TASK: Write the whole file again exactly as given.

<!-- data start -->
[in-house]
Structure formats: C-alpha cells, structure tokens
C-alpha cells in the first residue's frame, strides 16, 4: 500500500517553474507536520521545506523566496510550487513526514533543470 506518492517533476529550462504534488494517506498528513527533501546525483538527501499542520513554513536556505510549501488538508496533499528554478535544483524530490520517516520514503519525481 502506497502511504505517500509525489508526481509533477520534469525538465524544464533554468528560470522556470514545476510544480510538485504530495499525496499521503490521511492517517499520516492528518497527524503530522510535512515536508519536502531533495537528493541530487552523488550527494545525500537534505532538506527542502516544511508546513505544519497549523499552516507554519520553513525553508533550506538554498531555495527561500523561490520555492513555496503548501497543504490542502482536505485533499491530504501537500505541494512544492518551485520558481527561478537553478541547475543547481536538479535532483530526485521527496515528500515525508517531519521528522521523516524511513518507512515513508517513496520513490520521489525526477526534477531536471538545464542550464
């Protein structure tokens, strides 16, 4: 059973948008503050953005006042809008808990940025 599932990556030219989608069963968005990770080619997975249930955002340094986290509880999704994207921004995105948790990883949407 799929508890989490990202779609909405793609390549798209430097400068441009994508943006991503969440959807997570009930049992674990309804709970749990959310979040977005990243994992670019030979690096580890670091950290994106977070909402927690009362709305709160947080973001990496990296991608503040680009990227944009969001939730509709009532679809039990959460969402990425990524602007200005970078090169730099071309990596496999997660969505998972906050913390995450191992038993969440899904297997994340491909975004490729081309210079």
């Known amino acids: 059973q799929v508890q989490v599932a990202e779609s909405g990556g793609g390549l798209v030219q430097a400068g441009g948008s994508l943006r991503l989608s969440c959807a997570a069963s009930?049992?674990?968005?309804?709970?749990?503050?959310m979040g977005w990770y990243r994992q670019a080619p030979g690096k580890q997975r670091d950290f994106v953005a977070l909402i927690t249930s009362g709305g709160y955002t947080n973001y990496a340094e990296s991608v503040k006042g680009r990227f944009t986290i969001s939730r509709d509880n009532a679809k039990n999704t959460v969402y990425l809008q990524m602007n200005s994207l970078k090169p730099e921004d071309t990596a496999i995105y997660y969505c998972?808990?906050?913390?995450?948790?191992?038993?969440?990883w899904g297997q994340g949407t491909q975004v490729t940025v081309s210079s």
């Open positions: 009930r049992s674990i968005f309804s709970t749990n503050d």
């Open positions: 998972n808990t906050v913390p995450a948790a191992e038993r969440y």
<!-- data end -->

[in-house]
Structure formats: C-alpha cells, structure tokens
C-alpha cells in the first residue's frame, strides 16, 4: 500500500517553474507536520521545506523566496510550487513526514533543470 506518492517533476529550462504534488494517506498528513527533501546525483538527501499542520513554513536556505510549501488538508496533499528554478535544483524530490520517516520514503519525481 502506497502511504505517500509525489508526481509533477520534469525538465524544464533554468528560470522556470514545476510544480510538485504530495499525496499521503490521511492517517499520516492528518497527524503530522510535512515536508519536502531533495537528493541530487552523488550527494545525500537534505532538506527542502516544511508546513505544519497549523499552516507554519520553513525553508533550506538554498531555495527561500523561490520555492513555496503548501497543504490542502482536505485533499491530504501537500505541494512544492518551485520558481527561478537553478541547475543547481536538479535532483530526485521527496515528500515525508517531519521528522521523516524511513518507512515513508517513496520513490520521489525526477526534477531536471538545464542550464
């Protein structure tokens, strides 16, 4: 059973948008503050953005006042809008808990940025 599932990556030219989608069963968005990770080619997975249930955002340094986290509880999704994207921004995105948790990883949407 799929508890989490990202779609909405793609390549798209430097400068441009994508943006991503969440959807997570009930049992674990309804709970749990959310979040977005990243994992670019030979690096580890670091950290994106977070909402927690009362709305709160947080973001990496990296991608503040680009990227944009969001939730509709009532679809039990959460969402990425990524602007200005970078090169730099071309990596496999997660969505998972906050913390995450191992038993969440899904297997994340491909975004490729081309210079």
């Known amino acids: 059973q799929v508890q989490v599932a990202e779609s909405g990556g793609g390549l798209v030219q430097a400068g441009g948008s994508l943006r991503l989608s969440c959807a997570a069963s009930?049992?674990?968005?309804?709970?749990?503050?959310m979040g977005w990770y990243r994992q670019a080619p030979g690096k580890q997975r670091d950290f994106v953005a977070l909402i927690t249930s009362g709305g709160y955002t947080n973001y990496a340094e990296s991608v503040k006042g680009r990227f944009t986290i969001s939730r509709d509880n009532a679809k039990n999704t959460v969402y990425l809008q990524m602007n200005s994207l970078k090169p730099e921004d071309t990596a496999i995105y997660y969505c998972?808990?906050?913390?995450?948790?191992?038993?969440?990883w899904g297997q994340g949407t491909q975004v490729t940025v081309s210079s």
């Open positions: 009930r049992s674990i968005f309804s709970t749990n503050d």
């Open positions: 998972n808990t906050v913390p995450a948790a191992e038993r969440y």